Right in Italy, where the throne has always been occupied by wine, beer is more and more conquering the preferences of consumers, as to almost reach the consumption of the beverage of Bacchus. Maybe in Italy has come a historical moment, in which the traditional wine will progressively give its place to beer? It is undeniable beer producers and the associations connected to this beverage have done an excellent job in promotion and revaluation, without offense to anyone, by following the example of what was done for the success of wine. In restaurants, a place where wine has always been the undisputed mate of food, together with wine and spirit lists, it is now becoming more and more common the presence of beer list, not only draught beer, but also bottled beer. Typical companion of pizza in the choices of consumers, today in Italy beer is progressively becoming a companion for food as well.

 Wine continues to stand comparison with beer, but it is undeniable in the last months the distance between the two beverages has evidently become shorter. Maybe it is a temporary fashion, one of those many fashions which are destined to disappear in a short time, one of those which also happened for wine in the last years? Or, could it be consumers are looking for something else, tired of the “same old wine”, too much masked in its role of beverage for the élite, destined to few experts and which is making consumers feel uneasy and therefore looking for lesser formality? Without belittling beer, a beverage of noble origins and having a history even longer than wine, it is however undeniable the beverage of Ceres is less formal than the beverage of Bacchus, or at least consumers, although appreciating it, do not see any formality in beer or the ceremoniality that is usually seen in wine. Or, simply, wine does not catch the attention of consumers anymore and they got tired of it and of its fashions?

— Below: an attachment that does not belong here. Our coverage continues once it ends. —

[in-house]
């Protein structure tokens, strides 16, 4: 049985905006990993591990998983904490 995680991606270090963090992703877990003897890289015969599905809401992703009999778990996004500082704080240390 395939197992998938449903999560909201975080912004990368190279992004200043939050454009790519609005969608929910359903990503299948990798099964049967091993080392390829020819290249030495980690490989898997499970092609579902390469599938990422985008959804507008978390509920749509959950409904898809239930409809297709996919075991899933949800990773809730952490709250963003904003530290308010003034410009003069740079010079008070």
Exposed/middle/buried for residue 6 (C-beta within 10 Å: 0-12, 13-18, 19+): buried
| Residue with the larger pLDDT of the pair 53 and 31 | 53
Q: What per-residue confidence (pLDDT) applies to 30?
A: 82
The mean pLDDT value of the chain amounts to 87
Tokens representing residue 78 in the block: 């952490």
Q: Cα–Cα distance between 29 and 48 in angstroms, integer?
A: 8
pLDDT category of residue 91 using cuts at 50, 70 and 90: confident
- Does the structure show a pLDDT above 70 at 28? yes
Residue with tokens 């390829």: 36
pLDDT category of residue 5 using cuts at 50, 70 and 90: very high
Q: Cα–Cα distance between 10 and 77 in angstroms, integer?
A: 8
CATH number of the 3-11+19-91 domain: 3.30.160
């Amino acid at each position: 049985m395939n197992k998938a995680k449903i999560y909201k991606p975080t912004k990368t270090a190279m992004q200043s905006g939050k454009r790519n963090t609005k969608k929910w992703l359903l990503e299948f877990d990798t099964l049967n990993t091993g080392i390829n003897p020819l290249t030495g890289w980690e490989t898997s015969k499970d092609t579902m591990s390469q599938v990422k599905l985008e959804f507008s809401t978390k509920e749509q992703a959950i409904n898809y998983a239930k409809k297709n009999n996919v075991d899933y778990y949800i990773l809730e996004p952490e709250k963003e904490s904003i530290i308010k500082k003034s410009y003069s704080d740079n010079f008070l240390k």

Indeed, there are many who associate this receding in the consumption of wine with an Italian law concerning the assumption of alcohol and, in particular, the fear of incurring in serious penalties and fines in case, while driving a vehicle, one's blood alcohol content would be higher than what has been set by law. According to this point of view, beer certainly has an advantage over wine. With its lower volume in alcohol - wine contains an average of 13%, whereas beer has just 5% - the beverage of Ceres seems to promise less troubles in case one is being stopped by the police. We sincerely hope this is not corresponding to the truth: it is sad to think consumers choose a beverage - wine or beer, it makes no difference - only because for this reason and not because of a conscious choice. A behavior like that will certainly make happy the ones who work in commercial strategies, but not the ones who understand the culture expressed by these two beverages. We believe it is offensive in any case, both to the tradition and culture of these two millenary beverages, as well as for the ones who make this silly choice and which can be sadly defined as boozer, as to not exaggerate in the use of other less kind terms.